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Sourcing Urban Soil Contaminants to Improve Cleanup

team of researchers The Louisville sampling team, including EPA, state, and contractor staff. Published August 14, 2017.

Identifying the source of soil contaminants is vital to decision-making during an environmental cleanup. Soil in long-established cities has accumulated decades of low levels of pollutants caused by urban activity. Deposition of metals and other chemicals like polynuclear aromatic hydrocarbons (PAHs) come from historical industrial activity and manufacturing materials used to build the infrastructure of a modern society. Naturally occurring metals such as lead and arsenic may also occur in urban soil. The combination of natural and anthropogenic background levels of chemicals is known as urban background contamination.

Urban background contaminants are generally widely dispersed in low levels over large urban areas. These metals and chemicals can intermingle with higher concentrations of chemicals from spills and industrial waste. This creates challenges in understanding how an industrial site is contributing to overall soil contamination.

“When materials like metals are involved, understanding the levels of urban or naturally occurring substances in an area is one of the necessary components for investigating the possible release of hazardous materials,” says Felicia Barnett, Director of the Site Characterization and Monitoring Technical Support Center and Superfund and Technology Liaison for EPA’s Region 4, which covers the southeastern United States.

In 2015, EPA scientists partnered with several Region 4 states to figure out how urban background contaminants differ from industrial waste at urban sites. Initial efforts were focused on creating a process for both soil sample collection and analysis that could be consistently applied across southeastern cities.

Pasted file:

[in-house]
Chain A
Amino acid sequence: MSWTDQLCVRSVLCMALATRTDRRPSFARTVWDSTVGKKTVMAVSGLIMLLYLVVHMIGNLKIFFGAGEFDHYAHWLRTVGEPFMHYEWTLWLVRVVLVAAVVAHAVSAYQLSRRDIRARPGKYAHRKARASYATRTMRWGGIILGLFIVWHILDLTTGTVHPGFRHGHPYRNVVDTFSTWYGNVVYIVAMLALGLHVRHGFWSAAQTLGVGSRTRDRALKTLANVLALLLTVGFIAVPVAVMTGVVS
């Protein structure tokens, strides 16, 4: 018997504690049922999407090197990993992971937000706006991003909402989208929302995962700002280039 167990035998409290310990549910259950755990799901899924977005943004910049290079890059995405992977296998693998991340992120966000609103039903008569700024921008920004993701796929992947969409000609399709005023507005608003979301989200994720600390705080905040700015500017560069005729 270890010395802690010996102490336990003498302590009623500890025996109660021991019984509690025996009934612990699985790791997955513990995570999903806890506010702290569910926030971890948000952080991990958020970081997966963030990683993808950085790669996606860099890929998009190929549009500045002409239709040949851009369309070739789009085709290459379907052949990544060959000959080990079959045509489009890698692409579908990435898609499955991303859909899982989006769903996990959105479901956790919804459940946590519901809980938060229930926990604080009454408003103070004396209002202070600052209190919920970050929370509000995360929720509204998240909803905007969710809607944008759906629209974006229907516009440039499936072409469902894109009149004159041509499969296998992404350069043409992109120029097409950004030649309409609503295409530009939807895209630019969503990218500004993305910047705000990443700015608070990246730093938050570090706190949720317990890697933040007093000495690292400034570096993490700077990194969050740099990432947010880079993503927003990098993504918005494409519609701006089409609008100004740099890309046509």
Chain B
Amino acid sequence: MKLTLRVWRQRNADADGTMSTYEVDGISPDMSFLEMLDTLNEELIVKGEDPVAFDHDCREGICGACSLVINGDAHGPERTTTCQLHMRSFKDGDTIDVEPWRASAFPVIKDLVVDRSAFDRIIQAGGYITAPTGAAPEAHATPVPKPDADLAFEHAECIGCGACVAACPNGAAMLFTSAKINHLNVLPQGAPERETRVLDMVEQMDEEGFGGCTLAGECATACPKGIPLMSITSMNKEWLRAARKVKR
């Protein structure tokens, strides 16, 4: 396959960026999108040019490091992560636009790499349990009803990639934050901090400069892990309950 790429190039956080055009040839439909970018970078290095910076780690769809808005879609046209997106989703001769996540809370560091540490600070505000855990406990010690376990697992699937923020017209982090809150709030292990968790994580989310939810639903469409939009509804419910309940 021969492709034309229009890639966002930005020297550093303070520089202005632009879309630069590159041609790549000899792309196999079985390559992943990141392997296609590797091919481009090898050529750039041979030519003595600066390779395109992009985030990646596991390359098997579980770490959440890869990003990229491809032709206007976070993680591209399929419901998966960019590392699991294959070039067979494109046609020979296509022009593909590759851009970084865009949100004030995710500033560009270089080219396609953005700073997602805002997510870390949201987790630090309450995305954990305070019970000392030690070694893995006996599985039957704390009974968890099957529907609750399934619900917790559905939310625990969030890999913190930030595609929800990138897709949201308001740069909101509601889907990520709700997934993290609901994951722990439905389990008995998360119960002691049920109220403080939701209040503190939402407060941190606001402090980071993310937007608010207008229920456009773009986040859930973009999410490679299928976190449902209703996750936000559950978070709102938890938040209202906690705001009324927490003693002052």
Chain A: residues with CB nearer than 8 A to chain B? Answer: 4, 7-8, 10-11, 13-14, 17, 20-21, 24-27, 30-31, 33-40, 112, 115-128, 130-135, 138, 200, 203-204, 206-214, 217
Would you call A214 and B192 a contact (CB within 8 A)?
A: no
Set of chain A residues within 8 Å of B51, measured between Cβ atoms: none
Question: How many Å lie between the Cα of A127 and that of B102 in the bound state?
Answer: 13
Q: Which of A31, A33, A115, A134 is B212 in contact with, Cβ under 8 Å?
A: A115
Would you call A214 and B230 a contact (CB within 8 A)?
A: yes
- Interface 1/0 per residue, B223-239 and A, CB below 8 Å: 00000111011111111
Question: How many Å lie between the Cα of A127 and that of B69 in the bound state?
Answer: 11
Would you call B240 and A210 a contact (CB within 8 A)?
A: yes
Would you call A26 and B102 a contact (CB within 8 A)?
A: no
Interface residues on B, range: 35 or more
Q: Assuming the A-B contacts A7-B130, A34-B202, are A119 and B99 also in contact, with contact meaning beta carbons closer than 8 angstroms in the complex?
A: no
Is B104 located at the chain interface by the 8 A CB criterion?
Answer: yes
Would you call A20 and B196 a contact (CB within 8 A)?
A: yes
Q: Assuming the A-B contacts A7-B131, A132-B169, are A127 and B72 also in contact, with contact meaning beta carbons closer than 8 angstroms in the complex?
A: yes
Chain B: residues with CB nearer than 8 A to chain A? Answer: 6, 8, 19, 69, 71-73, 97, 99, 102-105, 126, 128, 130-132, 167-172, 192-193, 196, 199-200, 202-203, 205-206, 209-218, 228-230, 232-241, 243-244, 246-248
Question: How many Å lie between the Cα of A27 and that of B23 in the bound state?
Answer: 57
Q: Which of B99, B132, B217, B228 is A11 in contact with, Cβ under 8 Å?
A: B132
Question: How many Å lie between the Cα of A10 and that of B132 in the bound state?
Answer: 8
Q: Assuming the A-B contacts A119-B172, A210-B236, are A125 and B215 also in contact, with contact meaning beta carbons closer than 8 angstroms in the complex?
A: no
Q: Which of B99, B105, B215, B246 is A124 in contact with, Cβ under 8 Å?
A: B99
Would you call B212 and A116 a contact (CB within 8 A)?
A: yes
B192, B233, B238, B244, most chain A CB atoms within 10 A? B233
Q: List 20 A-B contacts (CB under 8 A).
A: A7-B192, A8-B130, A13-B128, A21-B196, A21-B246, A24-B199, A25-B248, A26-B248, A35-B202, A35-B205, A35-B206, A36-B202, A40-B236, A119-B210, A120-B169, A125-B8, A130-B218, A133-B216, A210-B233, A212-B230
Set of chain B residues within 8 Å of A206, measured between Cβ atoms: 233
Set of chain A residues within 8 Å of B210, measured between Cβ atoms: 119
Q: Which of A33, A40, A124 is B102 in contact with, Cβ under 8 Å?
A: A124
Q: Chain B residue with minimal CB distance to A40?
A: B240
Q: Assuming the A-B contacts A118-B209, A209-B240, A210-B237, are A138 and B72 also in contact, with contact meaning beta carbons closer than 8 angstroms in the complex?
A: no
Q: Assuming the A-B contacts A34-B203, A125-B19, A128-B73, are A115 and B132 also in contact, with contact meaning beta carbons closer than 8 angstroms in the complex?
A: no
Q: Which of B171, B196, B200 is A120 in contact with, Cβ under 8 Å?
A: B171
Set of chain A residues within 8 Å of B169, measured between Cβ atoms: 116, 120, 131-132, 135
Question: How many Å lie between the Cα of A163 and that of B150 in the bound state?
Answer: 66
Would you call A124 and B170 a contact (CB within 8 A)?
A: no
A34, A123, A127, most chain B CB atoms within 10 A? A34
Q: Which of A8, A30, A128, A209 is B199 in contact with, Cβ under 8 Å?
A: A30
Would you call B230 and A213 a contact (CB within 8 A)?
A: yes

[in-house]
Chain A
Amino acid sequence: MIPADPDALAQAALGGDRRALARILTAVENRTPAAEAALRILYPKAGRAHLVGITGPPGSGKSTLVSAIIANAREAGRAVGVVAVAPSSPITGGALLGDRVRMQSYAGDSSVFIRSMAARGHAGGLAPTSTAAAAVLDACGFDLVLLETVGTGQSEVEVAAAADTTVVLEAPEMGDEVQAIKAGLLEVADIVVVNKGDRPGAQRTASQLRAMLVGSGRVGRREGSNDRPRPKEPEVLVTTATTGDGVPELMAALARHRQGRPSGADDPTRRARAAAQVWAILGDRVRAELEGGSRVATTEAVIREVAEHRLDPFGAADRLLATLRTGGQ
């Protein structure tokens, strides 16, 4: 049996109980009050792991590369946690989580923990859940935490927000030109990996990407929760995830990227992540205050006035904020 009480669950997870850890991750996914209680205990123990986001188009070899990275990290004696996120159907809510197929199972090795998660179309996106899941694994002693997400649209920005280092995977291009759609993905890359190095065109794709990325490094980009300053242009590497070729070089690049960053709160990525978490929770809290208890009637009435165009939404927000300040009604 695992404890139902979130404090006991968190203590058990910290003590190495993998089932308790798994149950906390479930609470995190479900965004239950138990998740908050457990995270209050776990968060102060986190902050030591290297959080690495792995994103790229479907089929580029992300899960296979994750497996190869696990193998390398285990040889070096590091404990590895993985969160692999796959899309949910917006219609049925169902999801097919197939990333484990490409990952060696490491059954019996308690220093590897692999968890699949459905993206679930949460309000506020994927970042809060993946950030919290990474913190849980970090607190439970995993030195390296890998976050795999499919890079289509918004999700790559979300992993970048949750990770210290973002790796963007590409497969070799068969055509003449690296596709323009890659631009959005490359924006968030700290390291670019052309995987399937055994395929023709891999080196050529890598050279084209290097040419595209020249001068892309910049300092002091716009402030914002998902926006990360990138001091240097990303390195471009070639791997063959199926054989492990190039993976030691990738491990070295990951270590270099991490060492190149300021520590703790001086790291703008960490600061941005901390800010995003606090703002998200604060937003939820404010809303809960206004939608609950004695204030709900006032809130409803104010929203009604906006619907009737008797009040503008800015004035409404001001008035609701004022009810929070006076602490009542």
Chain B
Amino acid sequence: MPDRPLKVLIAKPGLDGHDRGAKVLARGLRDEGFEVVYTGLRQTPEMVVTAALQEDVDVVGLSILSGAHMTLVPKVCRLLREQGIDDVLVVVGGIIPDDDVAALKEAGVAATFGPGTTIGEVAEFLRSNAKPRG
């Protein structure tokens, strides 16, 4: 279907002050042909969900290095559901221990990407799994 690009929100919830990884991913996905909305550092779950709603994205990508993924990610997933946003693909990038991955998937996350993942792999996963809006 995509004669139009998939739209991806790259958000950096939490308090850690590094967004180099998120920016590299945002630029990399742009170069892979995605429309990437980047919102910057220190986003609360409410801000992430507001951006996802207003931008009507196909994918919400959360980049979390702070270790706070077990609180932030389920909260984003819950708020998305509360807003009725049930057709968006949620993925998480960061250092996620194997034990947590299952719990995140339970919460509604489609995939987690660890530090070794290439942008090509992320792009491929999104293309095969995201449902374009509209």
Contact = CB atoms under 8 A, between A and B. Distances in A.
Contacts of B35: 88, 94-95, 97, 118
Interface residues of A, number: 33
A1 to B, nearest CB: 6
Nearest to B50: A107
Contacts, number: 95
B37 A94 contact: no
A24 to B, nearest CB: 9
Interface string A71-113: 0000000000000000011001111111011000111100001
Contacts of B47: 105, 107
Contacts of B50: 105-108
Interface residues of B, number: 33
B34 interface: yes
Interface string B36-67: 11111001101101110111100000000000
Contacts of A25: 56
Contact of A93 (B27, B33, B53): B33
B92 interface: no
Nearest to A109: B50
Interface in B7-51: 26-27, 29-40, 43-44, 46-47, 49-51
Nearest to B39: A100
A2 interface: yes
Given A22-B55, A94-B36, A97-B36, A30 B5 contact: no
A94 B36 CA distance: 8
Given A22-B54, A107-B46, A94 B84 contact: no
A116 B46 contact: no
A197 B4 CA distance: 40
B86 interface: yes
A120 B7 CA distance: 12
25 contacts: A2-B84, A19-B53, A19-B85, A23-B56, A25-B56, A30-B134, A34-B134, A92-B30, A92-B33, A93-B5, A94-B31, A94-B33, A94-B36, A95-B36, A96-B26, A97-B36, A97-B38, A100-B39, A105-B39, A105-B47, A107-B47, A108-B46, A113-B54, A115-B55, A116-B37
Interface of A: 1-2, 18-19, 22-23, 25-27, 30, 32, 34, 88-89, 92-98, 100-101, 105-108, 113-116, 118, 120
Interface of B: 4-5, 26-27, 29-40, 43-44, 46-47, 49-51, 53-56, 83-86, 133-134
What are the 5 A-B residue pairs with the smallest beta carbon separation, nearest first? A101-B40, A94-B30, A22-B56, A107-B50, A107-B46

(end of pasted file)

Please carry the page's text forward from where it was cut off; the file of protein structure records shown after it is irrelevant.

map marking cities in the southeastA map of the sites where samples have been taken.

Soil samples collected from Louisville, KY; Lexington, KY; Memphis, TN; Raleigh, NC;  Winston-Salem, NC, and Gainesville, FL were analyzed in EPA laboratories and added to a growing urban background database for metals and PAHs. The data and sampling process can be used by EPA, state agencies and local authorities to assess hazardous waste and brownfield sites and make decisions around cleanup. The database will provide a general range of urban background contaminant levels to be expected from sites in Region 4 cities. It can also serve as a screening tool for comparison of potential sites. The utility of the tool is improved as coverage of data for comparison over broader areas increases and more urban background data are added.

“Screening information, such as the urban background database started in this study, will allow for more focused time and cost-effective efforts when investigating and reviewing soil data from suspected contaminated sites within those urban areas,” says Barnett.

The success of the project has allowed sampling efforts to expand to additional cities in Tennessee, Georgia, and Florida. Recently, EPA and the State of Tennessee have used the study protocol to conduct an urban background sampling effort in Chattanooga, TN. Additional regions, states and universities, including Georgia State University in Atlanta, have expressed interest in the results and established sampling process. Professors and students at the University of Florida in Gainesville have already used the sampling process in two urban areas in central Florida.